The red welts of hives happen when mast cells in the bloodstream release the chemical histamine, which causes tiny blood vessels under the skin to leak. The fluid pools within the skin to form spots and large welts. This can happen for a number of reasons, but in many cases a cause is never identified.
Most often, hives are associated with an allergic reaction, which can cause the skin to break out within minutes. Common allergies include:
- foods, especially shellfish, tree nuts, milk, and fruit
- medications and allergy shots
- pets and other animals
- insect bites and stings
Sometimes a breakout of hives has nothing to do with allergies. Other causes include:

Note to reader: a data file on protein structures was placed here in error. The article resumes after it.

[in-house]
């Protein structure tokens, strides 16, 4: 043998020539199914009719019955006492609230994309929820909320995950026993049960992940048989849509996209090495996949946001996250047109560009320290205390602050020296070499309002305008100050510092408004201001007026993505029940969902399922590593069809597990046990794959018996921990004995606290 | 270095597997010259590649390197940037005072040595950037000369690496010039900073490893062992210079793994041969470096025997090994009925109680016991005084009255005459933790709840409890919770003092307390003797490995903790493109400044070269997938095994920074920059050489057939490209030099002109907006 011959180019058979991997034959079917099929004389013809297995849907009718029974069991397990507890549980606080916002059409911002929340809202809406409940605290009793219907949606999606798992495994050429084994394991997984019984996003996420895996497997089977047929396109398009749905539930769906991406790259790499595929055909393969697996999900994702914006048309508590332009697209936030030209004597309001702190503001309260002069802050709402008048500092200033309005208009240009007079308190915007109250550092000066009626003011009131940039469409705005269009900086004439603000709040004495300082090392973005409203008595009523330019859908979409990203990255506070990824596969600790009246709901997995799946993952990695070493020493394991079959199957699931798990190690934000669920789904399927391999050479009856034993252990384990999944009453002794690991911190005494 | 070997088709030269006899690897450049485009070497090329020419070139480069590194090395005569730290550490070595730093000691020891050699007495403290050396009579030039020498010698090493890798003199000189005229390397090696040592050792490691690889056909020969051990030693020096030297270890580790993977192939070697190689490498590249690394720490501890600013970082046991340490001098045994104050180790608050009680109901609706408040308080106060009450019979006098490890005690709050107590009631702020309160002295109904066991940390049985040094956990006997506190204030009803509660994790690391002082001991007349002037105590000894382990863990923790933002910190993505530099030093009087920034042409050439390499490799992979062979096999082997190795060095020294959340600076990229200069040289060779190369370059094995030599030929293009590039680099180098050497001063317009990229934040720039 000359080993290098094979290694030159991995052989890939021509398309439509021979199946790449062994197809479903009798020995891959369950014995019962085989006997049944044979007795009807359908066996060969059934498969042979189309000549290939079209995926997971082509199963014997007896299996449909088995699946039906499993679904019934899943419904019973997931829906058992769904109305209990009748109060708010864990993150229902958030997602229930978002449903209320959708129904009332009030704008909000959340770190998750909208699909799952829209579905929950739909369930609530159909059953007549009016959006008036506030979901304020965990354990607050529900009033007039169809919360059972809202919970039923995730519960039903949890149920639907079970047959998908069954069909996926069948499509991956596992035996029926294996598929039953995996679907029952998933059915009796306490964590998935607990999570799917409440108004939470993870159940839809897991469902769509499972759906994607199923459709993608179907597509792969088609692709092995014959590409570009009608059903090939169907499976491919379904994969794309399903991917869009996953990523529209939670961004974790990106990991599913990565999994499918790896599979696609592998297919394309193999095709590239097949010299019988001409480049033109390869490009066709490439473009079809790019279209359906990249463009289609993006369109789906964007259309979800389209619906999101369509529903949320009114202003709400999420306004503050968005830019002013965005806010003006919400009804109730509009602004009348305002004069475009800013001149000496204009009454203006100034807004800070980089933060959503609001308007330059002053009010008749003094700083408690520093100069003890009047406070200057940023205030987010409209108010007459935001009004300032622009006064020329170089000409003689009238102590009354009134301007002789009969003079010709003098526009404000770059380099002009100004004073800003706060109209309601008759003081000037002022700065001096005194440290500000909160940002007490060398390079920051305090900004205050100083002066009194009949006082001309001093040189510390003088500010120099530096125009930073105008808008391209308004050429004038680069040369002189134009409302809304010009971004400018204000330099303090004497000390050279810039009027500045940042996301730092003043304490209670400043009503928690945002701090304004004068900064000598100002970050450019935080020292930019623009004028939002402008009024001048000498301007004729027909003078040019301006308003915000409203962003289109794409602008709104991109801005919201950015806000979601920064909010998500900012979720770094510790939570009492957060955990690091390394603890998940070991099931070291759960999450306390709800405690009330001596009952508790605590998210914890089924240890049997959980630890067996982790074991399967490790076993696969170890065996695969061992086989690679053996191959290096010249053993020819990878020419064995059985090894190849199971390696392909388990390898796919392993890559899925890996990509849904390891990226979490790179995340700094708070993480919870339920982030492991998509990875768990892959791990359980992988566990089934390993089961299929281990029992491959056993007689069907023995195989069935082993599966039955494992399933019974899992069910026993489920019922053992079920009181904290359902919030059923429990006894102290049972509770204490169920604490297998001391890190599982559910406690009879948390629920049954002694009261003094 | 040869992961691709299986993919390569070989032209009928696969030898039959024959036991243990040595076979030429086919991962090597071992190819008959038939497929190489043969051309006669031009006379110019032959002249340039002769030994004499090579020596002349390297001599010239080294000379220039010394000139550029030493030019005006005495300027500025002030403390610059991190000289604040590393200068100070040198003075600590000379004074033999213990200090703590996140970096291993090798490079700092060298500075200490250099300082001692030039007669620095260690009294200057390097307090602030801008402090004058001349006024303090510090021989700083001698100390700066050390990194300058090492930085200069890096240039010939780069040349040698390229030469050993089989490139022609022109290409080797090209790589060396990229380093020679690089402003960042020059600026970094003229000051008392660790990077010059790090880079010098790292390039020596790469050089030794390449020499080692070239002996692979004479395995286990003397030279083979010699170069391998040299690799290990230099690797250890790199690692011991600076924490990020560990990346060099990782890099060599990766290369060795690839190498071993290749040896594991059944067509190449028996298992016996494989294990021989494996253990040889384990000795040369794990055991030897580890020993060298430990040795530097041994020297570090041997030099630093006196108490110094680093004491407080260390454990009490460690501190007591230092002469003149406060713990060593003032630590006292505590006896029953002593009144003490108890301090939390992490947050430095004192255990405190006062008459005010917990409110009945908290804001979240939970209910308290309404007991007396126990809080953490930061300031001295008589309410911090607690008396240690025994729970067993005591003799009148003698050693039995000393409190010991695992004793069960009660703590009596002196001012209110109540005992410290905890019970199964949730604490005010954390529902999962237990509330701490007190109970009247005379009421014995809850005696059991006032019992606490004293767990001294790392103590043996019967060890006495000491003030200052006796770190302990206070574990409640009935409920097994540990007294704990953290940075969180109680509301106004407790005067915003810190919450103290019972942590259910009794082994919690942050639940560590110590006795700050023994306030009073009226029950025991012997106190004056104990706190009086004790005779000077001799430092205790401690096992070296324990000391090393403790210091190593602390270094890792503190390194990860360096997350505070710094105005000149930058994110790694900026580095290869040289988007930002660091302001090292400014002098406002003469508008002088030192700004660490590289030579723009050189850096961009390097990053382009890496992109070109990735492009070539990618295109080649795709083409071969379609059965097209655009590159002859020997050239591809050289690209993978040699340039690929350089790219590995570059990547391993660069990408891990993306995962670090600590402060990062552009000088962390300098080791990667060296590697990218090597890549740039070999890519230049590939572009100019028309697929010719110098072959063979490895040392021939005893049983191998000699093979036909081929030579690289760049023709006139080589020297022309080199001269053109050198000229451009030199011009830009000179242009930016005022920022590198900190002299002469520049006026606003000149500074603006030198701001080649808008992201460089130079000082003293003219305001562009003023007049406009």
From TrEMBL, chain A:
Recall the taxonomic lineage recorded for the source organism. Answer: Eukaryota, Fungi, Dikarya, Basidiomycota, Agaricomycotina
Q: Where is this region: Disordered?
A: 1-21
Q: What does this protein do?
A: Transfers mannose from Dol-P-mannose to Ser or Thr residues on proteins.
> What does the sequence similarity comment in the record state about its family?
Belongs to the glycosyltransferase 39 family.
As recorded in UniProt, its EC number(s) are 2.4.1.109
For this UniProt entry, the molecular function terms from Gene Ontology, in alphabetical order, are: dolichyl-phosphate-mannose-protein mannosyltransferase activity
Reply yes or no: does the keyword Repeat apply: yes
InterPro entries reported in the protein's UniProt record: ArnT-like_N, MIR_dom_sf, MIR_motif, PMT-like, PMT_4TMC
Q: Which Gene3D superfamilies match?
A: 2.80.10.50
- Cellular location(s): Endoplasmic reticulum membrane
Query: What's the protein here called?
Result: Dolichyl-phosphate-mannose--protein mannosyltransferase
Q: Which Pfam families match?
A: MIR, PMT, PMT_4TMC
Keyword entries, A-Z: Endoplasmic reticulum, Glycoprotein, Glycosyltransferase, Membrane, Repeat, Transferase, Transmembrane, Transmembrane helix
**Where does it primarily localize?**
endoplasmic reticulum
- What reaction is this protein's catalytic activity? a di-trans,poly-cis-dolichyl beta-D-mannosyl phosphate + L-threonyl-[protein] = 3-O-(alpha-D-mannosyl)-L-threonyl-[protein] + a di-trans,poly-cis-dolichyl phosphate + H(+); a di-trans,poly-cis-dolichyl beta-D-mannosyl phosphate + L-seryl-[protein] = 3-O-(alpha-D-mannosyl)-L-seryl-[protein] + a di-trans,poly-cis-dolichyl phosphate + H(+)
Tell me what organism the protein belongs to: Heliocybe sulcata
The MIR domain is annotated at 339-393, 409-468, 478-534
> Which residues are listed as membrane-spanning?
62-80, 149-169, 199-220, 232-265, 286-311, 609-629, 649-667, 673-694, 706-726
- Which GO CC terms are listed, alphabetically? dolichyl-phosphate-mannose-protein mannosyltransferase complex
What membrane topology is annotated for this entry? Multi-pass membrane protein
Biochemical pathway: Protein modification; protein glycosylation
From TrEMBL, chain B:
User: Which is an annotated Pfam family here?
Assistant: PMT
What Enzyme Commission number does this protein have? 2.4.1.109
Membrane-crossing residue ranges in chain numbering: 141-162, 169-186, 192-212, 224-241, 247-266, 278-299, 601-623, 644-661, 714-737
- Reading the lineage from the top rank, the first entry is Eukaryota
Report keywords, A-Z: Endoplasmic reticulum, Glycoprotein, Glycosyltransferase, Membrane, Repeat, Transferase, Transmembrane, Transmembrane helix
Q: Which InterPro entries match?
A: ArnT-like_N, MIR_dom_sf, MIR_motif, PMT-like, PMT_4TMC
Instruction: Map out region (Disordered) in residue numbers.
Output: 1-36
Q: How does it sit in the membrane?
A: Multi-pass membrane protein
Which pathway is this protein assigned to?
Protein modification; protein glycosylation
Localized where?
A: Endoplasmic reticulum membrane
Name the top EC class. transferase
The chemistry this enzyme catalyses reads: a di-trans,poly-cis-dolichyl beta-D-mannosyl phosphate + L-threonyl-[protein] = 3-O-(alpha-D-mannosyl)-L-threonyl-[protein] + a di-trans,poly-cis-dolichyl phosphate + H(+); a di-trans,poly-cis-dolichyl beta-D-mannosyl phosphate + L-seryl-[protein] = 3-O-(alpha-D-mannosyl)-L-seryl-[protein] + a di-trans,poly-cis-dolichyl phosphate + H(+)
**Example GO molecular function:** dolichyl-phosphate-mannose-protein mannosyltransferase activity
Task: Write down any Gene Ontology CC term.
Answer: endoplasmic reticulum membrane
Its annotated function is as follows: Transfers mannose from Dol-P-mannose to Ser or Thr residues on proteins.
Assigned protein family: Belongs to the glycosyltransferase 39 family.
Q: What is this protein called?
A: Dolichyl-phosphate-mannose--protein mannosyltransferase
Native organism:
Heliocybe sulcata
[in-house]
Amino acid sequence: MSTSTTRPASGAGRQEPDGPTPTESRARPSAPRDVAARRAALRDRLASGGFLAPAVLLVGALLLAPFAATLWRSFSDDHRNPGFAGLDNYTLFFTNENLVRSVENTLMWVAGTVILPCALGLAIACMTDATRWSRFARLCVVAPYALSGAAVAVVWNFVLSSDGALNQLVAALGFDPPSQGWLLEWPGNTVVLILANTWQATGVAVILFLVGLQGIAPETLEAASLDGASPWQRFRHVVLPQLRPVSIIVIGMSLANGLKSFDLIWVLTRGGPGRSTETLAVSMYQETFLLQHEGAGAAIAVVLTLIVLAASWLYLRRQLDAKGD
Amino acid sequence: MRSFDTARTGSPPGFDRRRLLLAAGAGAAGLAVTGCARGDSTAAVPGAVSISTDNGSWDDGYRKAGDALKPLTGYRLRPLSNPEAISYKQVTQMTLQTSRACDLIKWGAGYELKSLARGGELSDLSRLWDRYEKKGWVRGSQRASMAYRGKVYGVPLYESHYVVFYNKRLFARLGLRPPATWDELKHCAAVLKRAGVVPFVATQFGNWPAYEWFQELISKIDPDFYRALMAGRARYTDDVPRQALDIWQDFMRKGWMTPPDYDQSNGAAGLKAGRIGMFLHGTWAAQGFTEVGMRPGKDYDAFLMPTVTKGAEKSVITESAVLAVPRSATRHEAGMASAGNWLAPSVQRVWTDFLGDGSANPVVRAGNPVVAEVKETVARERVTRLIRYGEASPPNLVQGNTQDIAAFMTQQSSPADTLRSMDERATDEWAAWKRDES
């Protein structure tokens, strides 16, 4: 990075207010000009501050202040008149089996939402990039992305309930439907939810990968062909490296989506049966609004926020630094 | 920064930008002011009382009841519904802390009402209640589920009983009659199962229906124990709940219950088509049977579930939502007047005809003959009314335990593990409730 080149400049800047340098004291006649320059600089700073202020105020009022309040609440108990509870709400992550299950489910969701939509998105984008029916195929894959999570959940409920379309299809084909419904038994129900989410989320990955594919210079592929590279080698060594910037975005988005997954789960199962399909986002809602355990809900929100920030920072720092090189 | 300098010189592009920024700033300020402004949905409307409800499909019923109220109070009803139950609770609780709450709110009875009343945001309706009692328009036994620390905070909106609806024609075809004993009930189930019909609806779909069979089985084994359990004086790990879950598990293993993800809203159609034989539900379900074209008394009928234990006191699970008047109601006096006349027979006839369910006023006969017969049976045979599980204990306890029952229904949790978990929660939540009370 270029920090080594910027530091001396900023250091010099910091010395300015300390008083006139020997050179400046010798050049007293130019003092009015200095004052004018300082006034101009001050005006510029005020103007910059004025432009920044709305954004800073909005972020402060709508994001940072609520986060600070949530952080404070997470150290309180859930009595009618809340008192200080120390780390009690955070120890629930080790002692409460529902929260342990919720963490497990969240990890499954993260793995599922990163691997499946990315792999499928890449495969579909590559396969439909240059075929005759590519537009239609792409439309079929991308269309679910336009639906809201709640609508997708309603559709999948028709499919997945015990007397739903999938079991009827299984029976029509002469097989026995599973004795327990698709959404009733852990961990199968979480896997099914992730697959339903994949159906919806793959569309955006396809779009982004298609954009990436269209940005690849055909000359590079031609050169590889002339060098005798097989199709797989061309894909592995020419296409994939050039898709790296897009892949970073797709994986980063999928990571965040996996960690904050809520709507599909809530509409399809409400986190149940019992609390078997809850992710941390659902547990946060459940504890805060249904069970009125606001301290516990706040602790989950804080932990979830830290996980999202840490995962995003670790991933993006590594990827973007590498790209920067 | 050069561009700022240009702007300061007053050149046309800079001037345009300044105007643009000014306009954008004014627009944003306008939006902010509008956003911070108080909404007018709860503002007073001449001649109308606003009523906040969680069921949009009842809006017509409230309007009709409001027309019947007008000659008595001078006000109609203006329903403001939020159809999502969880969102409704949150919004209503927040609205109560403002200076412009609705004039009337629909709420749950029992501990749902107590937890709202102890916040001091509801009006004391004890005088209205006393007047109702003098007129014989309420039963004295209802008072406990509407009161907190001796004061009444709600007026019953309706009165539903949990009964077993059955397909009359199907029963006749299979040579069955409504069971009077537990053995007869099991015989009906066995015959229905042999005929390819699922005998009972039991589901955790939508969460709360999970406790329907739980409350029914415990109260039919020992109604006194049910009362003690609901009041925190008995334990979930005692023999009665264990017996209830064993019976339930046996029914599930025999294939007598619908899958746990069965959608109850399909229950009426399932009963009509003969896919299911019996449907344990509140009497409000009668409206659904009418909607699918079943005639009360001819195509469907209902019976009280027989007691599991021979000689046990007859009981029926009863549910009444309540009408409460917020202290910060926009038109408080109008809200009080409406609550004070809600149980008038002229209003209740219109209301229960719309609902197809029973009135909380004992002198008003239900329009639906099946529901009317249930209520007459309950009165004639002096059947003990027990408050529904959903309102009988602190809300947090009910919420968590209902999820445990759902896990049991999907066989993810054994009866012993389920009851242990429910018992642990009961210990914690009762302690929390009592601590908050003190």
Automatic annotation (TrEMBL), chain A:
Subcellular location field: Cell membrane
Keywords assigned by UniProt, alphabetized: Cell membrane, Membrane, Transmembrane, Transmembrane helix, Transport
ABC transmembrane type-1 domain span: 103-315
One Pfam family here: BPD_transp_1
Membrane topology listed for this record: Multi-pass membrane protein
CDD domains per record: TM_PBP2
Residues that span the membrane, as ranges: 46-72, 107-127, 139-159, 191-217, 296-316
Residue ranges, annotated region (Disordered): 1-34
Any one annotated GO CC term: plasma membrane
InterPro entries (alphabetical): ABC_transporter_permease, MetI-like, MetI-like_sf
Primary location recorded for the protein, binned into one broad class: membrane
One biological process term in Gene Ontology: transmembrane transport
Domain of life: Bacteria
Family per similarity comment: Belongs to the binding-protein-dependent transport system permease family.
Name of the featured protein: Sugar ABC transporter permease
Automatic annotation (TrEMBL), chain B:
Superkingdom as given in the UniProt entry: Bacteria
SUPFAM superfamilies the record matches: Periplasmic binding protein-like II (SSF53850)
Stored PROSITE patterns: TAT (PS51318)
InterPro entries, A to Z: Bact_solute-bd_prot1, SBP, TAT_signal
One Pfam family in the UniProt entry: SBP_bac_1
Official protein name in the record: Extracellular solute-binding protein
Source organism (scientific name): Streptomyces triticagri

- infections, including colds
- anxiety or stress
- exposure to the sun
- exposure to cold, such as from diving into a cold pool
- contact with chemicals
- putting pressure on the skin, such as from sitting too long or carrying a heavy backpack over a shoulder
Hives due to physical causes, such as pressure, cold, or sun exposure, are called physical hives.
It can be hard to figure out what causes chronic urticaria, though it's sometimes linked to an immune system illness, like lupus. Other times, medications, food, insects, or an infection can trigger an outbreak. Often, though, doctors don't know what causes chronic hives.